SARS-CoV-2 pandemic effect on pediatric asthma health care utilization in an urban hospital.

Publication date: May 01, 2024

The “September epidemic” is a well-described phenomenon of increased pediatric asthma-related health care utilization from August to September each year. The coronavirus disease 2019 (COVID-19) pandemic has brought about significant changes in health care utilization, warranting an investigation into its impact on the September epidemic. Our aim was to identify the impact of COVID-19 in asthma-related health care utilization, specifically in the September epidemic. Our study involved a retrospective analysis of data from a Children’s Hospital in New York City. We compared the change in asthma-related health care utilization during August and September 2020 with the average change in utilization during the same period in 2017-2019 and 2021-2022. Stratified analyses based on age and sex were conducted by using chi-square tests to determine variations in health care utilization. During September 2020, there was a marked reduction in emergency department (ED) visits related to asthma, with only a 6% rise from the preceding month. This stands in contrast to the observed increases from 89% to 193% in the other years studied (P < .05 for all). This pattern was seen in both sexes and in children under 13 years old (P < .05). No significant variation was found for those older than 13 years (P > .05). Despite an overall reduction in health care utilization over the first year of the COVID-19 pandemic, the decline in ED visits related to asthma during the September epidemic was significantly more pronounced. These results suggest that there may be remediable risk factors contributing to the September epidemic that can be used to guide future interventions for managing pediatric asthma.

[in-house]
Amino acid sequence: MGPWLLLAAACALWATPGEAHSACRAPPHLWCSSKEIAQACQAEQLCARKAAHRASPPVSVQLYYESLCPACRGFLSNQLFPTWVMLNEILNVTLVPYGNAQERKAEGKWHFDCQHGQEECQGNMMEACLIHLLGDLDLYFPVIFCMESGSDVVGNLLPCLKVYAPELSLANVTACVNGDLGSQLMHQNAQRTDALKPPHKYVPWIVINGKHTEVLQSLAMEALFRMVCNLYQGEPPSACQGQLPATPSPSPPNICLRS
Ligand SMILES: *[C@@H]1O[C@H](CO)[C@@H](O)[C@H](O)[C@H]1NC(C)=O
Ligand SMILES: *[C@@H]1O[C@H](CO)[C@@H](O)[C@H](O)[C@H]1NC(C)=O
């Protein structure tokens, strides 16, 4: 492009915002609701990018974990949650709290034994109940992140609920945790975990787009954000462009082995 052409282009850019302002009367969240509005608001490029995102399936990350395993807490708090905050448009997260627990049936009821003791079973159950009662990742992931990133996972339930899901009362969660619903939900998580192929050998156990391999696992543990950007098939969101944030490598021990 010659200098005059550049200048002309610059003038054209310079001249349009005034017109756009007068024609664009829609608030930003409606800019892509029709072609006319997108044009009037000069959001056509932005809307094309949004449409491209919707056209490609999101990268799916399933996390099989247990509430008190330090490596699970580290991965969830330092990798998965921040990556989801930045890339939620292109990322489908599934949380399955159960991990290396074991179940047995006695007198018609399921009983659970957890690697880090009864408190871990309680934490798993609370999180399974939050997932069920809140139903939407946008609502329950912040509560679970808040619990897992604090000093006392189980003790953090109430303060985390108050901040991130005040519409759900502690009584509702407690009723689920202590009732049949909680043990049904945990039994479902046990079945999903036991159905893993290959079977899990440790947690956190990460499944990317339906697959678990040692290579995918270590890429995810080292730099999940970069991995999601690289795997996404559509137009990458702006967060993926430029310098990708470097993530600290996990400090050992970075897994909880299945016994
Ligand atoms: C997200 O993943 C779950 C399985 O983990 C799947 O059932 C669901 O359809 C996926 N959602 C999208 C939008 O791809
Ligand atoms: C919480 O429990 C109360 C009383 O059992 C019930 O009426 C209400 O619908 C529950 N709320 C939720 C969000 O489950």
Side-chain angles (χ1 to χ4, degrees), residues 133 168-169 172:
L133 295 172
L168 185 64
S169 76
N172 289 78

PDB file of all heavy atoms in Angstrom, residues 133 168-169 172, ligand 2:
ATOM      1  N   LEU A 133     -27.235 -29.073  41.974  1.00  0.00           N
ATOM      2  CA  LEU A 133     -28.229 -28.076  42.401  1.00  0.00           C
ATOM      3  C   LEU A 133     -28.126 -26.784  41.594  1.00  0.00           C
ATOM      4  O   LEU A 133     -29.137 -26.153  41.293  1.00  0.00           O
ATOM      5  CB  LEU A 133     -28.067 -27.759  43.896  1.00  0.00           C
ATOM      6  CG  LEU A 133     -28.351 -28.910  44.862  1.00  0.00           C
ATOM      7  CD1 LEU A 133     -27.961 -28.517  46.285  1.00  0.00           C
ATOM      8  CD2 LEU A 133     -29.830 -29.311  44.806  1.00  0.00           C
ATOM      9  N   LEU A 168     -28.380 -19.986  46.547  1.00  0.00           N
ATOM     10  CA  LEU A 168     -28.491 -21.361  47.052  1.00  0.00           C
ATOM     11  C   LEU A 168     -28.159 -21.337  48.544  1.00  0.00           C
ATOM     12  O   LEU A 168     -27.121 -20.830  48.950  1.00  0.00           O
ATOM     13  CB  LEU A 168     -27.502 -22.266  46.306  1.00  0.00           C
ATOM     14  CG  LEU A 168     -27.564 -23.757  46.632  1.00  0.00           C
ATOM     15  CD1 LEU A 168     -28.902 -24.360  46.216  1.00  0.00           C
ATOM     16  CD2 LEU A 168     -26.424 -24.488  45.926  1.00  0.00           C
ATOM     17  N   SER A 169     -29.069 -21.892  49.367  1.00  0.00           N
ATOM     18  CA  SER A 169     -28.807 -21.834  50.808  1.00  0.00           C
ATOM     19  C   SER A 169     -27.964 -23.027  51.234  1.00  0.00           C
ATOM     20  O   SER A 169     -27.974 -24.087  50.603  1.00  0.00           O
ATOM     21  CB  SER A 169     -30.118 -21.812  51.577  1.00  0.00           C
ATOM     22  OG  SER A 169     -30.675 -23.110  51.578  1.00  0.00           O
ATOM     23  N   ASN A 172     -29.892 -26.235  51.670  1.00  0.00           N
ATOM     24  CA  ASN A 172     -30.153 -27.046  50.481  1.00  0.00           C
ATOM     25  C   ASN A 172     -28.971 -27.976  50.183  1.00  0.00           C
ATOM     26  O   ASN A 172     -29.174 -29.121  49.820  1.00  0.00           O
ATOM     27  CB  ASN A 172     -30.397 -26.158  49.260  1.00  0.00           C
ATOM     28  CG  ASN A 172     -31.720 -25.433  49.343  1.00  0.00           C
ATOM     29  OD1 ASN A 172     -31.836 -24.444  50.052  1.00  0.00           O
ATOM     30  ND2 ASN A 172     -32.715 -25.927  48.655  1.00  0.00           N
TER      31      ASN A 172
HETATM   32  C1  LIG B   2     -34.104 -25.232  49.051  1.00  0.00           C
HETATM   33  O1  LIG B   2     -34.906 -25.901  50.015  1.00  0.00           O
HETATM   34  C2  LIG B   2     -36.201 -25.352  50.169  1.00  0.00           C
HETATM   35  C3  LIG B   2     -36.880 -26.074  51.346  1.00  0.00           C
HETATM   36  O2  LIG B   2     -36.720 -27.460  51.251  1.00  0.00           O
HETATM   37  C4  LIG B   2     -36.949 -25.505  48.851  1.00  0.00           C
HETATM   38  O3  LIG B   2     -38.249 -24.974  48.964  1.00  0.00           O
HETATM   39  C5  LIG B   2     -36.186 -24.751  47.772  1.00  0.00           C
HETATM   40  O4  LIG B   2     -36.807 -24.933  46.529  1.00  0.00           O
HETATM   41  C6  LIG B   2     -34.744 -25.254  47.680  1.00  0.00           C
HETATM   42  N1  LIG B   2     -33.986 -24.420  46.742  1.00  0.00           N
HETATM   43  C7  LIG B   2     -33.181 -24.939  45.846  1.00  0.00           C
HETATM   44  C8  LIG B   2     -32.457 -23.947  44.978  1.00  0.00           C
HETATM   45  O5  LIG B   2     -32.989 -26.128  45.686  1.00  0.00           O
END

Concepts Keywords
August COVID-19
Coronavirus emergency department
Therapy health care utilization
pediatric asthma
September epidemic


Type Source Name
disease MESH asthma
pathway KEGG Asthma
disease MESH coronavirus disease 2019
disease MESH emergency

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